Article first published December 2017, updated June 2019
There’s a lot to learn when you’re entering the world of email marketing for the first time. Even though it’d be nice to know how to get a good ROI from email on the first go, it takes time and experience to learn best practices.
You’ll need to understand how to best leverage email automation, write the perfect subject line, and build a quality email list. You’ll gain some insights through reading the latest studies and research, and other insights through your own unique experiences.
There may not be shortcuts that always do the trick, but there are loads of seasoned email experts who can offer their best advice to those starting out.
Today, you’re in luck. We’ve reached out to some of the top email marketing experts to find out what they wish someone had told them when they were getting started. The email marketing lessons they’ve learned over the years will definitely help you avoid some hurdles.
What is the best way to do email marketing? Learn from the experts:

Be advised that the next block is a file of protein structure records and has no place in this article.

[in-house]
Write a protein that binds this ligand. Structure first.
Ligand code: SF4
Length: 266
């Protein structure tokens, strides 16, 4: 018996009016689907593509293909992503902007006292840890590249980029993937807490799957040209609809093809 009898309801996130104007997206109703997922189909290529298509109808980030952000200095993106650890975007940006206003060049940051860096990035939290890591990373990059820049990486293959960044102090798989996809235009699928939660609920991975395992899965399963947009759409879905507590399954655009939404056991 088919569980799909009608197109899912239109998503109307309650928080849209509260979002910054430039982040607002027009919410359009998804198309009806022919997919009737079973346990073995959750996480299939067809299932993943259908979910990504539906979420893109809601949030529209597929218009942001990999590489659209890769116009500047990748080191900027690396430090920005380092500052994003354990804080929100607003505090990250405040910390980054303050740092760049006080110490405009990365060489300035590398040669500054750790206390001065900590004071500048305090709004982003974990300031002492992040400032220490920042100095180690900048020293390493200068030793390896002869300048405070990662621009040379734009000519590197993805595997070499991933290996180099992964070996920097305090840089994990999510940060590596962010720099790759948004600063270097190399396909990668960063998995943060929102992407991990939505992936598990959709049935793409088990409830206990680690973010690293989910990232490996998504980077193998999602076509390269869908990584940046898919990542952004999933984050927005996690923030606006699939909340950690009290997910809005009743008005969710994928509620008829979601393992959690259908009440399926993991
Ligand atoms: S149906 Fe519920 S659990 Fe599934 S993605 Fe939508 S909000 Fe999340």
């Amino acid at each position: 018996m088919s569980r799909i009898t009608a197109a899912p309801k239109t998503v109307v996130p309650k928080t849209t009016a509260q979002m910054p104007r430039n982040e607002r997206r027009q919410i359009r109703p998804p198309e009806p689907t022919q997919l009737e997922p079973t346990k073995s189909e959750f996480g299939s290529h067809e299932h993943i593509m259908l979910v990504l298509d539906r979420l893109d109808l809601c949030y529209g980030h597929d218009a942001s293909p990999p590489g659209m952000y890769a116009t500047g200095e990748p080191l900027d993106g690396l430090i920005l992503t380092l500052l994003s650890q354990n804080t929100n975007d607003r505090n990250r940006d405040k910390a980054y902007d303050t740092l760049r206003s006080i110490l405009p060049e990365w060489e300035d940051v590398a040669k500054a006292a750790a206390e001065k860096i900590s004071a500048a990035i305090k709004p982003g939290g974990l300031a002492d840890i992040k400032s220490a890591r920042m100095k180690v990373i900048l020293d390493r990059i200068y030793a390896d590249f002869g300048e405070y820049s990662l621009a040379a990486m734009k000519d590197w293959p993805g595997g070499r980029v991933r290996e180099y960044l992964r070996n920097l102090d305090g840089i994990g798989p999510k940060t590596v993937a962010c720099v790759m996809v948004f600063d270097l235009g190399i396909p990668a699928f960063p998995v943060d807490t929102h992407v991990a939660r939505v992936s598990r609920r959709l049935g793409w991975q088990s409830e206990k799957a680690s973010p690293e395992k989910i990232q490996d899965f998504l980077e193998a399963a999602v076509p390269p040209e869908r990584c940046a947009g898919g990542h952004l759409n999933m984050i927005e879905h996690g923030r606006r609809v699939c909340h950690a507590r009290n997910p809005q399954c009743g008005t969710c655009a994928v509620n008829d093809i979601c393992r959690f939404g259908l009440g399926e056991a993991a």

1. Henneke Duistermaat – Copywriting & Marketing Expert at Enchanting Marketing
Tweetable: Unsubscribes can be a good thing.
I wish I’d understood that unsubscribes are good. In the beginning, I was distraught when people unsubscribed. Did they hate my writing? Was I emailing too often? Was I too boring?
Over time, I’ve learned you can’t please everyone. The emails that bring you closer to your raving fans are often the emails that turn off subscribers in the periphery.
Now I prune my lists a few times a year. Removing people who aren’t that interested in hearing from me feels like a good cleaning job. Plus, I’ve learned to write for my core fans only. It’s more fun for me, and more valuable for my subscribers too.
2. Kevan Lee – Director of Marketing at Buffer
When I started email marketing, I spent so much time on design and body copy that I completely neglected perhaps the two most important—definitely the most primary—aspects of a successful email: the subject line and “From” name.
Subject lines were the easier ones to correct. It felt a lot like brainstorming blog post titles. But testing the impact of the “From” name was something I never considered until much later on. If people trust you, they’ll more likely open your email… so it’s important to get people to recognize that the email is from you.
3. Joanna Wiebe, Founder of CopyHackers and AirStory
When I was getting started, I wish I’d known not to worry about the frequency of sends. You hear not to email too much, and then you hear that you should email every day or once a week.
But what I’ve learned over the last 15 years of email marketing is the simpler, better lesson: Email when you’ve got something relevant to share. That could happen daily, or it could happen in fits.